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How Marketers & Agencies can win the tissue session

How Marketers & Agencies can win the tissue session


The tissue session is often a key step in a competitive agency review. This guide will help agencies and marketers properly prepare for and get the most from their tissue sessions.

“Tissue Session” is a term that originated long ago, prior to the digital age. Creatives – generally Art Directors – would use tracing paper (aka, tissue paper) to draft ideas and present their work. Using the tissue paper, the Creative could markup, erase items and make revisions on the fly. The tissue session was, in effect, a precursor to a modern collaboration platform.

In a modern agency review, the tissue session now represents any midpoint work session where the agency can present early strategies or tactics and get feedback from the prospective client. They serve as an important check in during the review and done well represent a significant opportunity for both the agency and client. How can agencies use a tissue session to enhance their chances of winning, and how can marketers use the sessions to make a better decision?

Tissue Sessions typically have no set agenda: this is the agency’s meeting to showcase progress and for the prospect to experience what it is like to work with the agency. We typically hand the meeting over to agency team to run as they see fit. Based on our experience with these important meetings, it is best to focus on:

Hopefully the early work and thinking your team is doing will be the prompts for a hearty conversation.

Having experienced hundreds of tissue sessions, we have identified best practices for both agencies and clients.

Best Practices for Agencies
  1. Start by recapping the business challenge or opportunity.

    This should be the starting point for any marketing effort and by starting here, the agency highlights that the agency’s focus is clearly on helping the client solve critical business

    This is also a good point to add agency value, if your work has helped identify important nuances around the client’s business challenge.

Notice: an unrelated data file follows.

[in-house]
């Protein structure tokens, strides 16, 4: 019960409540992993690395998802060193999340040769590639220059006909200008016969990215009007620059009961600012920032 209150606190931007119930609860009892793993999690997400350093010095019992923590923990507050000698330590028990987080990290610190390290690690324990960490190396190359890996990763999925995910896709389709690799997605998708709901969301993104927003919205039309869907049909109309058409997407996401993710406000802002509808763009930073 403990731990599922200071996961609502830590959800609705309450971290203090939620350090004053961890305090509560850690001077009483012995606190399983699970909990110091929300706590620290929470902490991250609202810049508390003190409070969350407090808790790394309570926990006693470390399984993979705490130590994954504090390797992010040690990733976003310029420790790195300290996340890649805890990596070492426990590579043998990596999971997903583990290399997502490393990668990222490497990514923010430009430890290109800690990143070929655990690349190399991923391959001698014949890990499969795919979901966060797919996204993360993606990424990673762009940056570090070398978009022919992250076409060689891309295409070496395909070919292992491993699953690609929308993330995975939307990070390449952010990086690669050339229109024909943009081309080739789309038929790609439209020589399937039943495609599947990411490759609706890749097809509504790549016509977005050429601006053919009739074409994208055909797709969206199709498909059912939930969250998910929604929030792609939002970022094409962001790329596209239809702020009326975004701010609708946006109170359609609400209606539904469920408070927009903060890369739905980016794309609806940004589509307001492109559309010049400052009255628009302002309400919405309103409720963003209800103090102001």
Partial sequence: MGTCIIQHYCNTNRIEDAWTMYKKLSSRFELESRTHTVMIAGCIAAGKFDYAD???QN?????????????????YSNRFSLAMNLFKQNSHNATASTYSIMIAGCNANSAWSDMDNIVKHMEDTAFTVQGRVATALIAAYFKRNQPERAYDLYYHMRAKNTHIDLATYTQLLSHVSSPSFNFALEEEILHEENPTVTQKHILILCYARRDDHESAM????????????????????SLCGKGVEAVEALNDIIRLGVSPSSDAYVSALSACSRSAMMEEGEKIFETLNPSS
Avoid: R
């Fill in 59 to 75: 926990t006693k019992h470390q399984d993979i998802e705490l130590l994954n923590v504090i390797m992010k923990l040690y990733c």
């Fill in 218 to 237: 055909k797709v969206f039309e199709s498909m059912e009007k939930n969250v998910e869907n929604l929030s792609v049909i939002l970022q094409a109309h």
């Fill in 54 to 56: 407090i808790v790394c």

2. Briefly recap the strategic analysis the agency performed to help develop insights that can lead to powerful and compelling tactics.

    What did your analysis uncover about the target audience? Competition? The Brand? What insights emerged from the analysis?

  3. Introduce early tactical ideas if appropriate. Be sure to explain how the tactics leverage the insights you’ve developed and how the resulting work will help solve the client’s business challenge.

  4. During the meeting, help the client to provide input. Ask questions that advance the discussion like “what parts of this analysis ring true and which parts might you be questioning?”

  5. Wrap up the session with a summary. Recap what you’ve heard from the client team and what they should expect in the next meeting. Confirm that the client is aligned with your summary.
Best Practices for Clients
  1. Listen! The agency has invested a significant amount of time and resources in your pitch. Your undivided attention is the least you can offer in return.

  2. Ask questions for understanding.

  3. Finally, showcase what a desirable client you are! This may be obvious, but better clients get better work. The most talented agency folks want to work on their business and the best clients get the best economic deals. Be respectful. Start on time. Give the agency your undivided attention. Net, listen actively, ask questions for understanding, and provide feedback in a manner that encourages the agency to consider how they might address a challenge rather than being prescriptive.

Thank the agency team for their hard work. Be gracious and generous.
Steve Boehler, founder, and partner at Mercer Island Group has led consulting teams on behalf of clients as diverse as Ulta Beauty, Microsoft, UScellular, Nintendo, Kaiser Permanente, Holland America Line, Stop & Shop, Qualcomm, Brooks Running, and numerous others. He founded MIG after serving as a division president in a Fortune 100 when he was only 32. Earlier in his career, Steve Boehler cut his teeth with a decade in Brand Management at Procter & Gamble, leading brands like Tide, Pringles, and Jif.